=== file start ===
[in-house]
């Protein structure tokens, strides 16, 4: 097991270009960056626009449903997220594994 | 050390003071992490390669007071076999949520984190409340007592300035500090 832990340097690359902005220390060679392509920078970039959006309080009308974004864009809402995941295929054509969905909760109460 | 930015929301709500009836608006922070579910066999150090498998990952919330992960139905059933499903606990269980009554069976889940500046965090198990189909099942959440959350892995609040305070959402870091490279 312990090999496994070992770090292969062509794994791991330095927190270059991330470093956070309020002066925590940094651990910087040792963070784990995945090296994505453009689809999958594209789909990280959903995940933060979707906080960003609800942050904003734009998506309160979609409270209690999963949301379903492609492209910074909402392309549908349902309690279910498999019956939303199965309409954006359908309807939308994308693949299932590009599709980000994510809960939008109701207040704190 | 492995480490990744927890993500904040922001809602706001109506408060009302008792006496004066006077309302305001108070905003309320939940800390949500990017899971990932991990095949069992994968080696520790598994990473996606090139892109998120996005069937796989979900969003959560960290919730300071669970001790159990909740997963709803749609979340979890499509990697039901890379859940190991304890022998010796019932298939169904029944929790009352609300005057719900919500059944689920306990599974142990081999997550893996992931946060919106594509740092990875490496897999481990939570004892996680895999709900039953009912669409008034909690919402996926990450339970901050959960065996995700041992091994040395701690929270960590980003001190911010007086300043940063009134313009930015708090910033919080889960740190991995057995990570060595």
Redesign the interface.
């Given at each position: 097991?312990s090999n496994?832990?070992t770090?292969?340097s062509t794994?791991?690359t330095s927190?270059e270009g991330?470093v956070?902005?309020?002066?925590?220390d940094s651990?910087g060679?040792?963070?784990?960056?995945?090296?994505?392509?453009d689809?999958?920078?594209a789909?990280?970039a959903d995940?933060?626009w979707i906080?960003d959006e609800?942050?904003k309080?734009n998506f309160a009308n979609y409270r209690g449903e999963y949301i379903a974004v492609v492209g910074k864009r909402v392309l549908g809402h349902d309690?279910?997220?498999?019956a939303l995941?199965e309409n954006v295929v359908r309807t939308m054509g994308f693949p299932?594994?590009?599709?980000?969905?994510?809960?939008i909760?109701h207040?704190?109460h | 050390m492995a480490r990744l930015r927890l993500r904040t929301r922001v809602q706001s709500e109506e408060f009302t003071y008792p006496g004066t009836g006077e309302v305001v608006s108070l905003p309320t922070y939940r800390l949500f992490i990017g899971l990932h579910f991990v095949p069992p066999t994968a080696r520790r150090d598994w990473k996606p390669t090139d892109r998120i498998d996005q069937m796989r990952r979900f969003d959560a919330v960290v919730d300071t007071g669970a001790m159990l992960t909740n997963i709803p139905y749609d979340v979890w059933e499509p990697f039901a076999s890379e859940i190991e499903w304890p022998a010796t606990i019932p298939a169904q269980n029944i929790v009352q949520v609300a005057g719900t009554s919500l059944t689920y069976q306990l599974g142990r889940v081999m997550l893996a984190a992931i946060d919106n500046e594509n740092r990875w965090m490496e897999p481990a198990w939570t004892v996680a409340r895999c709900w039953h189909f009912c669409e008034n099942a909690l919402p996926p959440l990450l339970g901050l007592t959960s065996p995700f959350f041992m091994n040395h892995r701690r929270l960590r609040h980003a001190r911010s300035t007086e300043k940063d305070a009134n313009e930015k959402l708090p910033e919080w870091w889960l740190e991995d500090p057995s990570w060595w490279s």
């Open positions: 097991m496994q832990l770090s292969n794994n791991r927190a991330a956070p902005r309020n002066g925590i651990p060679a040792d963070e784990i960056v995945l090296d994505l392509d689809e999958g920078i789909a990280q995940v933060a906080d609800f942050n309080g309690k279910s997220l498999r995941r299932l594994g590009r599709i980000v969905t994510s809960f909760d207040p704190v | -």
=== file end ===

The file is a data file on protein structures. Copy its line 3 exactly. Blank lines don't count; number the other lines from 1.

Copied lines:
Redesign the interface.